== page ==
.:Targets (part 1)

January 22, 2009 at 1:23 am (Uncategorized)

There’s a certain established forum that I frequent regarding faith and filmmaking (ok, I’m a moderator).  A lot of it devolves into complaining about the state of popular storytelling, and all the particulars that lead to the disliking of the elements therewithin.  There are good conversations to be sure, but there’s also a lot of in-fighting when right meets left (read: just right of center, usually).

The San Antonio International Christian Film Festival recently concluded.  Among many of their goals is one of creating an alternative ‘replacement’ industry for Hollywood.  I’ve asked many probing questions to the denizens of the forum as to what exactly the goals of this industry are, and how they plan to go about accomplishing them.  I’m not sure too many people have those answers yet… but some musing on the idea of a Christian film industry to replace Hollywood brought some thoughts up…

As I see it, here are the possible endgames:

  1. A movie industry that runs parallel to mainstream emerges (such as the CCM industry) that caters specifically to safe and family oriented material.  “Christian Entertainment,” if you will.  They will still continue to craft evangelistic films, but they will be primarily preaching to the choir since this replacement industry will be supported by its core group (which still doesn’t even agree on content… more on that in a bit).
  2. More films are created with rising production values, start getting more Christian butts into theaters to support the films (such as Fireproof), and they carve out some of the nicer weekend release dates that mainstream fare might wish for.

As I understand it, most Christian films (quality qualms aside) tend to reach out for evangelistic purposes by putting what boils down to a sermon in their film (something usually seen for entertainment’s sake).  Audiences are fairly savvy to marketing and online research, so those that have little to no interest in sitting through a church service on Sunday will have little to no interest in sitting through one of these films.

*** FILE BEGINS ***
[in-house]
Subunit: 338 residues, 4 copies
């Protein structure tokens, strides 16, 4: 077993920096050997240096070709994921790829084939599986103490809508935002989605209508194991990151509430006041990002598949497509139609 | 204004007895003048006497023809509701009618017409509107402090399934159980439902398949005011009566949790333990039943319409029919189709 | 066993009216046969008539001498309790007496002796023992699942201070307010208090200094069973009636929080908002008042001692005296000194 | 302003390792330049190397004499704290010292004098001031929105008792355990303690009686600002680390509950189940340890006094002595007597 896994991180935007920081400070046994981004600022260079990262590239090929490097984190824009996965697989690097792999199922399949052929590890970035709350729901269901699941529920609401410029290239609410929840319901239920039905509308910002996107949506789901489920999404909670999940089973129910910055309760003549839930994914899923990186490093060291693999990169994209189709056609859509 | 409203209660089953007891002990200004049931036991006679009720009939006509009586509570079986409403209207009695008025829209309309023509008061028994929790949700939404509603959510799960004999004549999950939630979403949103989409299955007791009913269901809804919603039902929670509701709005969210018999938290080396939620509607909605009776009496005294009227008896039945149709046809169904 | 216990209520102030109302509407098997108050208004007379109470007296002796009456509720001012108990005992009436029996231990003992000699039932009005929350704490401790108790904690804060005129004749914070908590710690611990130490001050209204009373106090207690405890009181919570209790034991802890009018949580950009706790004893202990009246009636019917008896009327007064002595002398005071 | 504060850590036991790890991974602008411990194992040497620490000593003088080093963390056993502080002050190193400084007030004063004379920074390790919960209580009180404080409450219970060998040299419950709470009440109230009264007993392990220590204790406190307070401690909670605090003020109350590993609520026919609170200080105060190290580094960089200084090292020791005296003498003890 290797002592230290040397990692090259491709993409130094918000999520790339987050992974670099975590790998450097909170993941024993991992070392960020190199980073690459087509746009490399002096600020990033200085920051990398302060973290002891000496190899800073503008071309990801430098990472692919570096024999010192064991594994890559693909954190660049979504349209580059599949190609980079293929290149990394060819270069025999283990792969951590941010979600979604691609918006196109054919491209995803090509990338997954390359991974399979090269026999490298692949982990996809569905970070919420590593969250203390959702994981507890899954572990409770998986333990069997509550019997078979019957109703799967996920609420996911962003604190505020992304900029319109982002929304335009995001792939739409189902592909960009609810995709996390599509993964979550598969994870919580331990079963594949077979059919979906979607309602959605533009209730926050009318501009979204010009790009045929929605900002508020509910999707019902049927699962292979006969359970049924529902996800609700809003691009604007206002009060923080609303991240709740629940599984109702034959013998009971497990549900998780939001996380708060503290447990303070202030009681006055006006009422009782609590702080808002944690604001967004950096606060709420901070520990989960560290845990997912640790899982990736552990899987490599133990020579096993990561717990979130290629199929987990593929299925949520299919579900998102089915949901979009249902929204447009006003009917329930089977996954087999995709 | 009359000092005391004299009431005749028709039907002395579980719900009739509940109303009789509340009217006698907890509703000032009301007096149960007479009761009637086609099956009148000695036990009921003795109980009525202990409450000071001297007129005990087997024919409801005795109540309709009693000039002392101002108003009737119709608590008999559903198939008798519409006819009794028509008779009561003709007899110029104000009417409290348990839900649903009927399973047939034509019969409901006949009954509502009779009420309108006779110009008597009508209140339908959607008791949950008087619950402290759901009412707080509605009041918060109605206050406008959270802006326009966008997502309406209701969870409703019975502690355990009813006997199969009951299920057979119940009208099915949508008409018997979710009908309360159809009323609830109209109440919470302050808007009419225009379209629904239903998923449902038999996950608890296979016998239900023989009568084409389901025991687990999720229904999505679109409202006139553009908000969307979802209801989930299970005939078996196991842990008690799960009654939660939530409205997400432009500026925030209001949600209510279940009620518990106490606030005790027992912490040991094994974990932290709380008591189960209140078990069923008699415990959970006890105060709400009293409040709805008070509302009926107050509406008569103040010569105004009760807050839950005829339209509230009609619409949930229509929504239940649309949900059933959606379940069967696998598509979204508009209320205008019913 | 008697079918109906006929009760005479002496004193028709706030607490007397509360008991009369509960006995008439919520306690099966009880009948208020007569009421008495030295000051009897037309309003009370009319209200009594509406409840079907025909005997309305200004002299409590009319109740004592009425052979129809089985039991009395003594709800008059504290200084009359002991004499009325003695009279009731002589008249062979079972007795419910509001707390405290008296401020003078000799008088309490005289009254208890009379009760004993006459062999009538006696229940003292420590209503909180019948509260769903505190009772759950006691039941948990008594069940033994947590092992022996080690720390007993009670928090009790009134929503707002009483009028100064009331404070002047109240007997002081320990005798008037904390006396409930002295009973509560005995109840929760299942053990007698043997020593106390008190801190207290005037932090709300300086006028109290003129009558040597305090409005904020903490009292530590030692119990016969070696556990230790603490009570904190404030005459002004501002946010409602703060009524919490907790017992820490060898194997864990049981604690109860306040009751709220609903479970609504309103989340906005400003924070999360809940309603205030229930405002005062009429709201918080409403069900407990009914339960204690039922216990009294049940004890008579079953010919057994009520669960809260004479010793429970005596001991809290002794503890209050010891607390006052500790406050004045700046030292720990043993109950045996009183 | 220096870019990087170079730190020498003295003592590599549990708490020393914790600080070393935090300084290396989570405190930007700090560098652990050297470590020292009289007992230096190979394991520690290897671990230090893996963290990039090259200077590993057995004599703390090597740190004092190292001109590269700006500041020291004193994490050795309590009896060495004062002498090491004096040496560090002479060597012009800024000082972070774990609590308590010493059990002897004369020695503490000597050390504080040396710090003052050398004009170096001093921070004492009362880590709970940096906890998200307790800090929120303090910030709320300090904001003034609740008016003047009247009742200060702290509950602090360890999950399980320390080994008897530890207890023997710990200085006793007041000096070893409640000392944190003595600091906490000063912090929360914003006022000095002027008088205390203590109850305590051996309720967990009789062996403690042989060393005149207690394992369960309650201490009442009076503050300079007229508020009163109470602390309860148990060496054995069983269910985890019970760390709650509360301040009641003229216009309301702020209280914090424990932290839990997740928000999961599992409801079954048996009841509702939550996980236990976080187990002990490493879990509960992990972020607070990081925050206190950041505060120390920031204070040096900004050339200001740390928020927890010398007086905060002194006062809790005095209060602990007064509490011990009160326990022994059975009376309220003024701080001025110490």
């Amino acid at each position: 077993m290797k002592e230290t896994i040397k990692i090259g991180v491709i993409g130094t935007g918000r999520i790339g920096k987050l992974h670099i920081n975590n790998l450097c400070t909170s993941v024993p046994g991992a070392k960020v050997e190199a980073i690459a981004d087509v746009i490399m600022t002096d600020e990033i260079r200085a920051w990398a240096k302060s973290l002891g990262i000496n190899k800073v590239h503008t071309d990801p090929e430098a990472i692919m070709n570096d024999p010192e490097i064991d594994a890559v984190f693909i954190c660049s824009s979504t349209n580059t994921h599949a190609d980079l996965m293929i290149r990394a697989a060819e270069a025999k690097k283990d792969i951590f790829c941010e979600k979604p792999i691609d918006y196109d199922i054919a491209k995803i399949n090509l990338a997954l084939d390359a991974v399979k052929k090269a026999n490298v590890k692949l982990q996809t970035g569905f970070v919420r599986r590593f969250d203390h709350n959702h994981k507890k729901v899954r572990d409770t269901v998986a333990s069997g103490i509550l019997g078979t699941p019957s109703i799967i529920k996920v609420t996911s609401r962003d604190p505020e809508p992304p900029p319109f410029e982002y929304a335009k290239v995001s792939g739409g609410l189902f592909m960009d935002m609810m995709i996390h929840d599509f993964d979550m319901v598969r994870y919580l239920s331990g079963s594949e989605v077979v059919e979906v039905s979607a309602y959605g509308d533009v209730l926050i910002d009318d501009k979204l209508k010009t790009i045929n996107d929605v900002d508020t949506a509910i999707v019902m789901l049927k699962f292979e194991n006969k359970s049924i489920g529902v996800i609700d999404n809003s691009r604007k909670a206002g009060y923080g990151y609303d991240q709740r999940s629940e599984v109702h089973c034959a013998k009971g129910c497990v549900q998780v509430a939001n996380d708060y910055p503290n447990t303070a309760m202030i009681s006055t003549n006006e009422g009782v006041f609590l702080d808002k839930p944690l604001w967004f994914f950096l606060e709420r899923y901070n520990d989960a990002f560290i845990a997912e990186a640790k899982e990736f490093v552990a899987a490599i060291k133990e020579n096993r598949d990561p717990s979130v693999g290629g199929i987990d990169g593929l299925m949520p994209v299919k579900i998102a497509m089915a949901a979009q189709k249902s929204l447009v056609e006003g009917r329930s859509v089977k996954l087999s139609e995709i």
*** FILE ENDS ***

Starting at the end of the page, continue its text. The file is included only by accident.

I believe a large part of the frustration with Christian cinema is that some camps find a film either too preachy, or the Christianity too latent.  This is not to say that there is a middle road that a film can have, but that different groups in Christendom have differing opinions on what a Christian flick should be.  If it doesn’t fall into their camp, then it isn’t a worthwhile endeavor.

A lot of Christians receive their stories and their storytelling style understanding from the many Sundays listening to sermons… sermons that have bullet points and tend to repeat those points so that the person communicating is not unclear in their message, and that the people leaving the Church have an understanding and a remembrance of what was just taught.

Now translate that to film… not much subtlety.  Not much in the way of trusting the audience to understand what is happening… sound familiar for Christian flicks?  I think there is a trend, and it is an unfortunate one.

That’s enough of a minor rant for now… more to come in Part 2.



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